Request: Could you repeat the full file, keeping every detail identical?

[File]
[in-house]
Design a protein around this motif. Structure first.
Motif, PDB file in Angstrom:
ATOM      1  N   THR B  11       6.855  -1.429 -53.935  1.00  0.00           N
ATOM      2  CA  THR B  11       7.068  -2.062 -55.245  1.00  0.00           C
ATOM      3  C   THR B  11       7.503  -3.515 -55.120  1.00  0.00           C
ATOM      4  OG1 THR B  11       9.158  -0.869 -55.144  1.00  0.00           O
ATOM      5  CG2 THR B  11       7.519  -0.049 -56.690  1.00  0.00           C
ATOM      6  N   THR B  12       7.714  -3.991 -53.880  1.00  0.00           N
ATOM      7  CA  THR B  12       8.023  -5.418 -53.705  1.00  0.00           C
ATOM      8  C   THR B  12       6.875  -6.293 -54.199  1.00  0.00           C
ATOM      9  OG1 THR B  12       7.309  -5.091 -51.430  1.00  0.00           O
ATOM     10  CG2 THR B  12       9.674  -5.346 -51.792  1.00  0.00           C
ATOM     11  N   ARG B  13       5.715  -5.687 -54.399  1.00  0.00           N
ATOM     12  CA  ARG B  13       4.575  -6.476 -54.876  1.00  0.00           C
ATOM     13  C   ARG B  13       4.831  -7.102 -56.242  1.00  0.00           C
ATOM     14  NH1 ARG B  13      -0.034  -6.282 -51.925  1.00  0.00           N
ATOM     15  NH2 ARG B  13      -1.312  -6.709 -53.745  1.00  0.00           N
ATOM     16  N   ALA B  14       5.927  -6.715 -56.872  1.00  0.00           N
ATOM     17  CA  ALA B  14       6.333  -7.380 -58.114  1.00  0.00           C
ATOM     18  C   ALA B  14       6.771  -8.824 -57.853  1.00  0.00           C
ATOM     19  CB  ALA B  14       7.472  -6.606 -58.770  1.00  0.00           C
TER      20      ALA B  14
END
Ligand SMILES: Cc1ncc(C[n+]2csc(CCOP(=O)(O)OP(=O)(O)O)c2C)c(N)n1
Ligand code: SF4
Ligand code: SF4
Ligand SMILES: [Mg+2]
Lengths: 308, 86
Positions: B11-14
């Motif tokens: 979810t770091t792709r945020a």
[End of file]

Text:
[in-house]
Design a protein around this motif. Structure first.
Motif, PDB file in Angstrom:
ATOM      1  N   THR B  11       6.855  -1.429 -53.935  1.00  0.00           N
ATOM      2  CA  THR B  11       7.068  -2.062 -55.245  1.00  0.00           C
ATOM      3  C   THR B  11       7.503  -3.515 -55.120  1.00  0.00           C
ATOM      4  OG1 THR B  11       9.158  -0.869 -55.144  1.00  0.00           O
ATOM      5  CG2 THR B  11       7.519  -0.049 -56.690  1.00  0.00           C
ATOM      6  N   THR B  12       7.714  -3.991 -53.880  1.00  0.00           N
ATOM      7  CA  THR B  12       8.023  -5.418 -53.705  1.00  0.00           C
ATOM      8  C   THR B  12       6.875  -6.293 -54.199  1.00  0.00           C
ATOM      9  OG1 THR B  12       7.309  -5.091 -51.430  1.00  0.00           O
ATOM     10  CG2 THR B  12       9.674  -5.346 -51.792  1.00  0.00           C
ATOM     11  N   ARG B  13       5.715  -5.687 -54.399  1.00  0.00           N
ATOM     12  CA  ARG B  13       4.575  -6.476 -54.876  1.00  0.00           C
ATOM     13  C   ARG B  13       4.831  -7.102 -56.242  1.00  0.00           C
ATOM     14  NH1 ARG B  13      -0.034  -6.282 -51.925  1.00  0.00           N
ATOM     15  NH2 ARG B  13      -1.312  -6.709 -53.745  1.00  0.00           N
ATOM     16  N   ALA B  14       5.927  -6.715 -56.872  1.00  0.00           N
ATOM     17  CA  ALA B  14       6.333  -7.380 -58.114  1.00  0.00           C
ATOM     18  C   ALA B  14       6.771  -8.824 -57.853  1.00  0.00           C
ATOM     19  CB  ALA B  14       7.472  -6.606 -58.770  1.00  0.00           C
TER      20      ALA B  14
END
Ligand SMILES: Cc1ncc(C[n+]2csc(CCOP(=O)(O)OP(=O)(O)O)c2C)c(N)n1
Ligand code: SF4
Ligand code: SF4
Ligand SMILES: [Mg+2]
Lengths: 308, 86
Positions: B11-14
């Motif tokens: 979810t770091t792709r945020a």